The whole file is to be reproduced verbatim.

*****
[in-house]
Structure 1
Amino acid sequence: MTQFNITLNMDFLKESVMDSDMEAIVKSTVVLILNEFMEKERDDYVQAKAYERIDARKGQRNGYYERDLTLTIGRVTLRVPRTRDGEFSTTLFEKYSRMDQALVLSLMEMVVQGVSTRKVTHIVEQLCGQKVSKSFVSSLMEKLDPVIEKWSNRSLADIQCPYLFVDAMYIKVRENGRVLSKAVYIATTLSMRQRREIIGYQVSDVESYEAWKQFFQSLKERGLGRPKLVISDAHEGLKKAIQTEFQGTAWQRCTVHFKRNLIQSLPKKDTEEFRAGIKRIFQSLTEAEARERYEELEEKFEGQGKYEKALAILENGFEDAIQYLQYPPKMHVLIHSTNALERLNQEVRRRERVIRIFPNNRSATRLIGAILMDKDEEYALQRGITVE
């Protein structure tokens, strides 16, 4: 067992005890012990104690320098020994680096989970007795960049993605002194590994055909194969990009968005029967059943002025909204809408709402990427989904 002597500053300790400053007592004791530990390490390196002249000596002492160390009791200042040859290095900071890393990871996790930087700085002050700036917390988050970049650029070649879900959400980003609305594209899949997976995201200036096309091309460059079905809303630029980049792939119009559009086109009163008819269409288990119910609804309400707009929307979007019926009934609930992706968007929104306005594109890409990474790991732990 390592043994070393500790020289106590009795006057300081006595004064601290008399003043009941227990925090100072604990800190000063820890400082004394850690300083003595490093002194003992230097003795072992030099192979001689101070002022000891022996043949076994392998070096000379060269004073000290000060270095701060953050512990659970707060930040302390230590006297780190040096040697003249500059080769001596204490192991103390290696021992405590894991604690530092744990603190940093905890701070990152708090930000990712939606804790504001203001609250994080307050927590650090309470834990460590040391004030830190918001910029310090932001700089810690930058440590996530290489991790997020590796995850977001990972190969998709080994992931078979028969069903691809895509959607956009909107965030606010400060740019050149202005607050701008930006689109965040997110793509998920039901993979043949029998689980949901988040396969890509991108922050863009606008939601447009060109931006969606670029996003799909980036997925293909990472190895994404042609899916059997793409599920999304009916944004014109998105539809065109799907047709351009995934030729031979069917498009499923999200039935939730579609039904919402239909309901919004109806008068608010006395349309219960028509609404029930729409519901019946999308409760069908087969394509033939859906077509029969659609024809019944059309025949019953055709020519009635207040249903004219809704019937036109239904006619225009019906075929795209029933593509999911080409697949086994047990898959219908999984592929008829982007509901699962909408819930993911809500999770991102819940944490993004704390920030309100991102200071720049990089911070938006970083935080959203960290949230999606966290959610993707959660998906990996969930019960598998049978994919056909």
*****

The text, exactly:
[in-house]
Structure 1
Amino acid sequence: MTQFNITLNMDFLKESVMDSDMEAIVKSTVVLILNEFMEKERDDYVQAKAYERIDARKGQRNGYYERDLTLTIGRVTLRVPRTRDGEFSTTLFEKYSRMDQALVLSLMEMVVQGVSTRKVTHIVEQLCGQKVSKSFVSSLMEKLDPVIEKWSNRSLADIQCPYLFVDAMYIKVRENGRVLSKAVYIATTLSMRQRREIIGYQVSDVESYEAWKQFFQSLKERGLGRPKLVISDAHEGLKKAIQTEFQGTAWQRCTVHFKRNLIQSLPKKDTEEFRAGIKRIFQSLTEAEARERYEELEEKFEGQGKYEKALAILENGFEDAIQYLQYPPKMHVLIHSTNALERLNQEVRRRERVIRIFPNNRSATRLIGAILMDKDEEYALQRGITVE
């Protein structure tokens, strides 16, 4: 067992005890012990104690320098020994680096989970007795960049993605002194590994055909194969990009968005029967059943002025909204809408709402990427989904 002597500053300790400053007592004791530990390490390196002249000596002492160390009791200042040859290095900071890393990871996790930087700085002050700036917390988050970049650029070649879900959400980003609305594209899949997976995201200036096309091309460059079905809303630029980049792939119009559009086109009163008819269409288990119910609804309400707009929307979007019926009934609930992706968007929104306005594109890409990474790991732990 390592043994070393500790020289106590009795006057300081006595004064601290008399003043009941227990925090100072604990800190000063820890400082004394850690300083003595490093002194003992230097003795072992030099192979001689101070002022000891022996043949076994392998070096000379060269004073000290000060270095701060953050512990659970707060930040302390230590006297780190040096040697003249500059080769001596204490192991103390290696021992405590894991604690530092744990603190940093905890701070990152708090930000990712939606804790504001203001609250994080307050927590650090309470834990460590040391004030830190918001910029310090932001700089810690930058440590996530290489991790997020590796995850977001990972190969998709080994992931078979028969069903691809895509959607956009909107965030606010400060740019050149202005607050701008930006689109965040997110793509998920039901993979043949029998689980949901988040396969890509991108922050863009606008939601447009060109931006969606670029996003799909980036997925293909990472190895994404042609899916059997793409599920999304009916944004014109998105539809065109799907047709351009995934030729031979069917498009499923999200039935939730579609039904919402239909309901919004109806008068608010006395349309219960028509609404029930729409519901019946999308409760069908087969394509033939859906077509029969659609024809019944059309025949019953055709020519009635207040249903004219809704019937036109239904006619225009019906075929795209029933593509999911080409697949086994047990898959219908999984592929008829982007509901699962909408819930993911809500999770991102819940944490993004704390920030309100991102200071720049990089911070938006970083935080959203960290949230999606966290959610993707959660998906990996969930019960598998049978994919056909």